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By Kwami Ahiabenu II

In order to help African media houses to cope with digital technologies, Penplusbytes was established 17 years ago. It is a non-governmental organisation (NGO). Among other things, it provides skills training for journalists and other media practitioners.

Currently, Penplusbytes is promoting better governance in Africa by using information technology (IT) in three thematic areas:

  • new media and innovations,
  • use of new digital technologies in pursuit of citizens’ empowerment,
  • ensuring greater oversight over the extractive sector (mining, oil and gas).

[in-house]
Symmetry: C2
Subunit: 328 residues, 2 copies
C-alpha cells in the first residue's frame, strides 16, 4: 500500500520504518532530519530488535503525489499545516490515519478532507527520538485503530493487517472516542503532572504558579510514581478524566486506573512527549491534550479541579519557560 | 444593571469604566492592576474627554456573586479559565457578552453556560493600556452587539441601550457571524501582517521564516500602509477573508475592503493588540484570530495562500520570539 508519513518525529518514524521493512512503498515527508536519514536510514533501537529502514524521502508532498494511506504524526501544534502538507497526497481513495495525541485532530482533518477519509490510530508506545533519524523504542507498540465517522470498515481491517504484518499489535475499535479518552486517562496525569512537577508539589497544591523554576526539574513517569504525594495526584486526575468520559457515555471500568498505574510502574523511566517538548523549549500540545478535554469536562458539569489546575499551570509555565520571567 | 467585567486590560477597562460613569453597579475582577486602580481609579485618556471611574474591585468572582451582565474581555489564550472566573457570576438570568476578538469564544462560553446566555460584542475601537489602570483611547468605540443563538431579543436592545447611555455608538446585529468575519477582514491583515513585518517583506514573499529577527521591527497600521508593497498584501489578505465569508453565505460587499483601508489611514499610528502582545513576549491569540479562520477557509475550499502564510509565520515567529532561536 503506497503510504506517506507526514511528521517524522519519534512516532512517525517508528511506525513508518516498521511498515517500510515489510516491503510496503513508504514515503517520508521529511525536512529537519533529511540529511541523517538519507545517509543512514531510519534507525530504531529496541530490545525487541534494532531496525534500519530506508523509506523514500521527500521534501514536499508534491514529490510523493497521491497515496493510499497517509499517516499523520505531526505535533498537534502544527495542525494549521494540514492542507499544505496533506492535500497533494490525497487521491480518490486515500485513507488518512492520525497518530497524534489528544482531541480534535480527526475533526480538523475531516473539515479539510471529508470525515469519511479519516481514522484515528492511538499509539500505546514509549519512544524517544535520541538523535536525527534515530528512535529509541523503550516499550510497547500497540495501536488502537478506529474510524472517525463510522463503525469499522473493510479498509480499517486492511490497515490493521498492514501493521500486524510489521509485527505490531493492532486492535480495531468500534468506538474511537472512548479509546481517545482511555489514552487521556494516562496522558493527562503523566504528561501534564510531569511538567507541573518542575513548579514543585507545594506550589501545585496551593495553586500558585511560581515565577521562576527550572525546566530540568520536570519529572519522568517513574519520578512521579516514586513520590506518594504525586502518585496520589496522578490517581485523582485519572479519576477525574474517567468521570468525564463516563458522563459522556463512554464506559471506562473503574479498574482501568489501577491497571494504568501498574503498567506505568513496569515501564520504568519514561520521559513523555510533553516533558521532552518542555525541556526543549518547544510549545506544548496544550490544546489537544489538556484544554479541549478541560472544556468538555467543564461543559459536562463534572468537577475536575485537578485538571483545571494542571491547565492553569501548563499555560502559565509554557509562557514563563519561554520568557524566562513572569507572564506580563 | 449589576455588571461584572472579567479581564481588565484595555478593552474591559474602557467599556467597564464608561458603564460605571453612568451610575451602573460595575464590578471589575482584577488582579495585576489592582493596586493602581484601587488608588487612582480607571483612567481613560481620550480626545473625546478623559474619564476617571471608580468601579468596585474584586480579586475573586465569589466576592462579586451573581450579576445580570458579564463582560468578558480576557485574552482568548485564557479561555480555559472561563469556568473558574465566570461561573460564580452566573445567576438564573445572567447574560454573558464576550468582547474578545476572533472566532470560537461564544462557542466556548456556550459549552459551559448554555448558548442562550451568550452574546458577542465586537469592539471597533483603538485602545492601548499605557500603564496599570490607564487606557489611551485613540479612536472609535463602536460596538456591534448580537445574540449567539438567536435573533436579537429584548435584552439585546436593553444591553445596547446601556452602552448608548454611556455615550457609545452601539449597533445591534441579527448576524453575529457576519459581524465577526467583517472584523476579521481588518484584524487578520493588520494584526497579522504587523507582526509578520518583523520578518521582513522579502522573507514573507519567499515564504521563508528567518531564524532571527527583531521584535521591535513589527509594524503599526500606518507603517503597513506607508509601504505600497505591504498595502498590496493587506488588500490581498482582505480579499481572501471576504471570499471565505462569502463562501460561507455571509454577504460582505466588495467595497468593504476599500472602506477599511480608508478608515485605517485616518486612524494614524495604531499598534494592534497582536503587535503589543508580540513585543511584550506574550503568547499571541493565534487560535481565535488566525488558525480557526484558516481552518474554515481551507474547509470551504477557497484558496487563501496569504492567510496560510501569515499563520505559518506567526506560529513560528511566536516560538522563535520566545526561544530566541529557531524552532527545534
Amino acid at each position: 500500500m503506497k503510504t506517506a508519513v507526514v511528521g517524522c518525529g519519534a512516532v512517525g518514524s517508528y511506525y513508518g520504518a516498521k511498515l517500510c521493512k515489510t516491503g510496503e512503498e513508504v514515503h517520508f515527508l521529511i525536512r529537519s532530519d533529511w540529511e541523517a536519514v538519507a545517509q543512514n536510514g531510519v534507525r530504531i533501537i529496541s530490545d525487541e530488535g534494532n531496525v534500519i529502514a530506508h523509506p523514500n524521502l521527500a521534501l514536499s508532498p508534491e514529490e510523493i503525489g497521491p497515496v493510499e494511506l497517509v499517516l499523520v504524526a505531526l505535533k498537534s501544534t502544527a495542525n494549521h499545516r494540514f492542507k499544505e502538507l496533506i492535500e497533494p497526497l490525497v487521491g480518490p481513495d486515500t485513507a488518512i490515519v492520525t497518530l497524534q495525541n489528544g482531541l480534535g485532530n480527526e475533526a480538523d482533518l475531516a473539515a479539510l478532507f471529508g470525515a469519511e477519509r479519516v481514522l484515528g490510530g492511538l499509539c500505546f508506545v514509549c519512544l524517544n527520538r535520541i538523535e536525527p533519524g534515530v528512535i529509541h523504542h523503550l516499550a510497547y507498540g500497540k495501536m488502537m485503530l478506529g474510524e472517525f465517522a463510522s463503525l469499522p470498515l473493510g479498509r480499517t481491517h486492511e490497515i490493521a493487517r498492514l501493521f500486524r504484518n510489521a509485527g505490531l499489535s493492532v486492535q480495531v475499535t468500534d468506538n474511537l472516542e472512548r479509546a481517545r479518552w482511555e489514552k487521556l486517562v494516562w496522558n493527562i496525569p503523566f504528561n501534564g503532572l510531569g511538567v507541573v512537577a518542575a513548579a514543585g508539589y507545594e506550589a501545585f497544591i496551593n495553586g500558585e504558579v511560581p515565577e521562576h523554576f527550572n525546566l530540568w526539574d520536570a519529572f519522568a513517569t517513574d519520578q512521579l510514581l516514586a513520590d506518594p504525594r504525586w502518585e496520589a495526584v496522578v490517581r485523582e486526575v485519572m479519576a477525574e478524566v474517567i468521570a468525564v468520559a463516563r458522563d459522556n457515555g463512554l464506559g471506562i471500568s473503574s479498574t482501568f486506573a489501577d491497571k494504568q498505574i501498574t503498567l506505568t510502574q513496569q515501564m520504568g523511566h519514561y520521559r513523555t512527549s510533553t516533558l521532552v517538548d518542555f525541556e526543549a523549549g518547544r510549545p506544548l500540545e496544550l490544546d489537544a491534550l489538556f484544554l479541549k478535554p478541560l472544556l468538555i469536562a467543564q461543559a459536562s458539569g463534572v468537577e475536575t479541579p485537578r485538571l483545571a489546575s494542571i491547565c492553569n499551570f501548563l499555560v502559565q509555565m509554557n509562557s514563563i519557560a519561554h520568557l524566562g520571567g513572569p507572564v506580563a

Penplusbytes’ core mission is to enable citizens to participate in public affairs. IT should serve this purpose. This NGO has worked in more than 15 African countries so far. The database of alumni has more than 1,500 reporters and media practitioners from 24 countries across Africa. The head office is in Accra, Ghana, and there are branch offices in Lagos, Nigeria, and Cotonou, Benin.

Internationally, disinformation has become a common phenomenon that reduces public confidence in the media and augments civic apathy. At the same time, digital technology is eroding the revenues and influence of traditional media. Conventional business models are collapsing.

To stay well informed, citizens need to understand digitised media and their business model. In other words, media literacy requires ever more knowledge. Any attempt to fight fake news is welcome, especially if it helps citizens navigate this complex environment with critical analytical skills. (ka)

Source: D+C